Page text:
Brahma creates. Shiva destroys. Brahma is not worshipped. Shiva is worshipped. This is because Brahma creates Kama, Yama and Tripura, desire, death and the three worlds. Shiva is Kamantaka, Yamantaka and Tripurantaka, destroyer of desire, death and the three worlds.
Humans desire life, fear death, and construct three worlds because humans fear death more than any other living creature on Earth. Our fear is greater because we can imagine. We imagine what happens after death, we imagine a world without death, we imagine a world without us and wonder what is the point of life. Unable to make sense of things, we try to control life – we get attached to things, we resist change, and we create property. Human civilization is thus rooted in fear. Its a delusion. Brahmanda or culture is Maya.
The first people who brought the word Maya into English were 18th century scholars who lived when Europe was in the throes of the scientific revolution. They used the word Illusion to translate the word Maya and the word Destroyer to describe Shiva. Since Hindu’s describe the world as Maya and worship Shiva, Europeans concluded that Hindus were a people who held worldly life in disdain. This romantic, exotic, world-denying perception of India in general and Hinduism in particular still persists as tourist brochures are full of images of the Kumbhamela at Allahabad, where naked mendicants smeared with ash and holding tridents just like Shiva, line up to bathe at the confluence of the Ganga and Yamuna every twelve years.
The European gaze was assumed to be scientific, objective, free of bias and hence modern. However in the 1970s, scholars realized that Modern thought was actually not as logical and free of bias as it was claimed to be; it was informed by cultural prejudices. The translations of European scholars were clearly based on the one-life framework. Since the God of the Bible is described as creator and hence worthy of worship, they were bewildered as to why Hindus worshipped Shiva, not Brahma, a conundrum that still persiste in Modern academia. This was postmodern thinking. Hindu ideas need to be seen in the Hindu context, not using the one-life framework of Europeans, but the rebirth framework of Indians. When this is done, a more appropriate translation of Maya is Construction. Shiva then does not destroy; he deconstructs!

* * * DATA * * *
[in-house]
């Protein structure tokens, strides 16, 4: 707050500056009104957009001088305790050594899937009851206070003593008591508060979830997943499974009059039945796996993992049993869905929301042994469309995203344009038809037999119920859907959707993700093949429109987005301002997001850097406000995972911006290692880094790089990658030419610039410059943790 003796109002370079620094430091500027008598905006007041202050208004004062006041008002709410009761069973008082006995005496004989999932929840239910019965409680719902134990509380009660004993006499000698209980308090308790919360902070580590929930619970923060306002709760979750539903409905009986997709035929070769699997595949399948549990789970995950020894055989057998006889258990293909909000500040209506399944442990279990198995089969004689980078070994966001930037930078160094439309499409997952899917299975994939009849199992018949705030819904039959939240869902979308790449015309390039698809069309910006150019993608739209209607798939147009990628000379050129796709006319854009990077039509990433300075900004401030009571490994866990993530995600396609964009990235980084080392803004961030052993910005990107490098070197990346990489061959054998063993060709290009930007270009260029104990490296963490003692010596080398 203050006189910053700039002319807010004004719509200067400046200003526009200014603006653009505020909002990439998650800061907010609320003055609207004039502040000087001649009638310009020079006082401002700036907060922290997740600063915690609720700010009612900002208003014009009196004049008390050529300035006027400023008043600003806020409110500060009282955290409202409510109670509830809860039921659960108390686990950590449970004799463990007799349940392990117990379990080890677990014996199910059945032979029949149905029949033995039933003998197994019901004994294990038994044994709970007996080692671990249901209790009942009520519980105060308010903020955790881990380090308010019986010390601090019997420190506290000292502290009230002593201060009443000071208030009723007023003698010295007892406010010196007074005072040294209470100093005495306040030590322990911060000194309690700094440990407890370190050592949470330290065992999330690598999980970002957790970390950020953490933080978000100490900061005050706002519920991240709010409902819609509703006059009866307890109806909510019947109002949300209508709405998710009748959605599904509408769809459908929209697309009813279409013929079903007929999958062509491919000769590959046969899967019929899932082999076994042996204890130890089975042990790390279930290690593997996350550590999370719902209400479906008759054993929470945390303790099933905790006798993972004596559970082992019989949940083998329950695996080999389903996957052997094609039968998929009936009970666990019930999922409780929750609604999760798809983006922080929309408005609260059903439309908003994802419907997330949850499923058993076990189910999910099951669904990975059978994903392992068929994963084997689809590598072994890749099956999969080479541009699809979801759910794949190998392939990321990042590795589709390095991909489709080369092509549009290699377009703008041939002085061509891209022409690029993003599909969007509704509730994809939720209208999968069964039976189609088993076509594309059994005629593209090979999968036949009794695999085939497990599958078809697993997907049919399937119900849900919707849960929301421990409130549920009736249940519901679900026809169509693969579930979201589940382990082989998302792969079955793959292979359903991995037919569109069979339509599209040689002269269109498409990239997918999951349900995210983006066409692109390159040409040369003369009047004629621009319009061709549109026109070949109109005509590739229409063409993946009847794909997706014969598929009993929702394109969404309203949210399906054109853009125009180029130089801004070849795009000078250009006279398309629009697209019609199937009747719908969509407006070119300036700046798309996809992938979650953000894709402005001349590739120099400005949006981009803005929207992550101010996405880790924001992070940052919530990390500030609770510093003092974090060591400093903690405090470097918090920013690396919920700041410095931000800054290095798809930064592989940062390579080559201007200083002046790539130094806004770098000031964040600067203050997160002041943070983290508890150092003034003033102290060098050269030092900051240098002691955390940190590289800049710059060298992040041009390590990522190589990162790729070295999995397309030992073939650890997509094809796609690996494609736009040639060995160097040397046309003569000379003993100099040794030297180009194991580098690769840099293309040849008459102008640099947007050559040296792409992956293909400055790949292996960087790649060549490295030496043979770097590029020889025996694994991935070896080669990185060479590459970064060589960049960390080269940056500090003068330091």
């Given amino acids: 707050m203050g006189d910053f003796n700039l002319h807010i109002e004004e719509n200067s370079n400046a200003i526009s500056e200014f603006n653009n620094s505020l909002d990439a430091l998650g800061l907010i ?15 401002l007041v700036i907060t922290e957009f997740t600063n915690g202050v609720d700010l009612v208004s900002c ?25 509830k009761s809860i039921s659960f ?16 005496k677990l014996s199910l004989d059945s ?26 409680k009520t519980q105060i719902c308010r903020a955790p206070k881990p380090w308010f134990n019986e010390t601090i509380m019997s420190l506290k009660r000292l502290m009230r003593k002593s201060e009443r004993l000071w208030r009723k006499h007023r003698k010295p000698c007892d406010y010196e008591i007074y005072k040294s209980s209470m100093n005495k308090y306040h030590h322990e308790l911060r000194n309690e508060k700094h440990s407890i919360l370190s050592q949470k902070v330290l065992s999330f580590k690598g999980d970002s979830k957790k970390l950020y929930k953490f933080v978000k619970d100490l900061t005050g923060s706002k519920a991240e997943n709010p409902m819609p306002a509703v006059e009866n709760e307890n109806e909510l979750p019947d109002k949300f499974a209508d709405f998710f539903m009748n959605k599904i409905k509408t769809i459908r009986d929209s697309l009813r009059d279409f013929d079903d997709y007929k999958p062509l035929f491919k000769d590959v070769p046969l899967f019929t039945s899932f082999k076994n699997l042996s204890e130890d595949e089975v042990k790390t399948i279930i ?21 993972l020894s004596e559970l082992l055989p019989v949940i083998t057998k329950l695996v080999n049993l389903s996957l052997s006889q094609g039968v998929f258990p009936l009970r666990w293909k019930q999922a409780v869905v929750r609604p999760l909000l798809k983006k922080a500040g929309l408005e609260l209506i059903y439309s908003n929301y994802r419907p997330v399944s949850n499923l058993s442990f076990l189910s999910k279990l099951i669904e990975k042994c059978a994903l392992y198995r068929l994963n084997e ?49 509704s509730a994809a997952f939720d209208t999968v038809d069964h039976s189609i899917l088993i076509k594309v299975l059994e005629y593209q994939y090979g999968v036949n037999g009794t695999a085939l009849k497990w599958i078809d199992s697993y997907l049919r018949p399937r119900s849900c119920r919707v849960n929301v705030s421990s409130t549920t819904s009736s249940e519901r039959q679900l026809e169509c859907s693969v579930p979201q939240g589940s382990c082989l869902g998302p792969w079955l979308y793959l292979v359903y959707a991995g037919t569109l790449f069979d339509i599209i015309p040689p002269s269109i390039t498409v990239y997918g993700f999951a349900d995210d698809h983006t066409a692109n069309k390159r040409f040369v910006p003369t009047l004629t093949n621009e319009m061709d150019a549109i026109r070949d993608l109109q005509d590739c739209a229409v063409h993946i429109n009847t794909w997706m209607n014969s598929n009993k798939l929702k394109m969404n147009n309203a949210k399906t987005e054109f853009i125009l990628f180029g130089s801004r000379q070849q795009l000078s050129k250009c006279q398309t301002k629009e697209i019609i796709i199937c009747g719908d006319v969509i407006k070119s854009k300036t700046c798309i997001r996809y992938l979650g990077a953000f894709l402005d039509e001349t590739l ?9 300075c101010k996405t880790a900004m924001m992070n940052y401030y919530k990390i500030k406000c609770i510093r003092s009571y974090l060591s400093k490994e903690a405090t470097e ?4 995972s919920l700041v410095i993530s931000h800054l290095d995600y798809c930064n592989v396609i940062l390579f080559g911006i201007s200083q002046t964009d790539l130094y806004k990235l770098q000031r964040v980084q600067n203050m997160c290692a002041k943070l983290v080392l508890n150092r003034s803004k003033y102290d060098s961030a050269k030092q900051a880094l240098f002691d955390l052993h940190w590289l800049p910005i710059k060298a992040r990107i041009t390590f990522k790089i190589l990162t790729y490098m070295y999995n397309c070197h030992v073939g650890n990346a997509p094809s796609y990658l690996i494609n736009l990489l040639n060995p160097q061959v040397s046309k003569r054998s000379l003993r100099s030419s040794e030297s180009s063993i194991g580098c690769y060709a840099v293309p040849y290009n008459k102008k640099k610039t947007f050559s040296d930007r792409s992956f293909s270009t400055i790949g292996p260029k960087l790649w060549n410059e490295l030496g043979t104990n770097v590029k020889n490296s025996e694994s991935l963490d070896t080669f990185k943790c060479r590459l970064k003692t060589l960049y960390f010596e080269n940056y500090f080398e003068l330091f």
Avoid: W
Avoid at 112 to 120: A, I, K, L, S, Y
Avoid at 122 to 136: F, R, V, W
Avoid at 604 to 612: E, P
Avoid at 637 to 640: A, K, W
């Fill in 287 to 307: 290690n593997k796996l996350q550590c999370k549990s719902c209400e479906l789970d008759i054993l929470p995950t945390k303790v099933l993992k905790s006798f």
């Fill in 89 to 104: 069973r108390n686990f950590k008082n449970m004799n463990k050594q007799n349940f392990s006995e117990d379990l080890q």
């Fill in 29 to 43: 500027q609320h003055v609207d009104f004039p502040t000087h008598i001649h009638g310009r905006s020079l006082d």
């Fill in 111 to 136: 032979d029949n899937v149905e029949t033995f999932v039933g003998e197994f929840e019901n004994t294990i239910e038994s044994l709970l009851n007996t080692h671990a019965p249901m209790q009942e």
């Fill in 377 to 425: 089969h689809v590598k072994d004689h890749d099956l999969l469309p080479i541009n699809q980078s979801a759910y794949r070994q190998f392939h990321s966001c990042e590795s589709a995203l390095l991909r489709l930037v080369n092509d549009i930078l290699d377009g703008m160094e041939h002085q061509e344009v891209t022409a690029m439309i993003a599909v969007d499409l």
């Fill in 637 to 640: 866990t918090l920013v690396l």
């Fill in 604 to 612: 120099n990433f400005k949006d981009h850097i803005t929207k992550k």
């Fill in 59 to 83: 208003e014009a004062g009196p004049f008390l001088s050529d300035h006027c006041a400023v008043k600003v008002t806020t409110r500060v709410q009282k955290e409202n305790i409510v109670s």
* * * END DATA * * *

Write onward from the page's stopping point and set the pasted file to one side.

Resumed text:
The word construction emerged as part of the post-modern vocabulary; it was not part of the modern (or rather pre postmodern) vocabulary of the 18th century. Thus 18th century scholars were ill-equipped to explain Indian thoughts.
Construction means a perception of the world shaped by a measuring scale that depends on cultural norms and personal prejudices. This perception changes every time there is a change in cultural norms and / or personal prejudices. What is considered right or good or beautiful today may not be considered so, all sensory inputs remaining the same. Thus the perception can be de-constructed and re-constructed. The word Illusion came from typical scientific arrogance that logic can decipher the truth free of all bias. The word Construction admits that all understanding is rooted in bias.
For Hindus Maya is a Constructed Reality. More accurately, Maya is the measuring scale that values and devalues all things in Prakriti, and by doing so gives rise to Brahmanda, an individuals perception of the world. Its neither a bad thing nor is it a good thing. It is just the way the human mind perceives reality. Animals do not live in Maya, because they do not possess imagination. Human beings do. Humans are therefore subject to Maya.
The intention of tapasya is to reflect on and deconstruct and be liberated from it. Tapa or spiritual fire burns maya and destroys Brahmanda. Shiva, the Lord of Tapasvins, is therefore the destroyer of maya. Maya nurtures Aham, the Ego, that imagines itself to be master of the world. Shiva destroys Aham so that Atma or soul can be realized. When this happens, human life is validated. Pashu, or animal, becomes Purusha.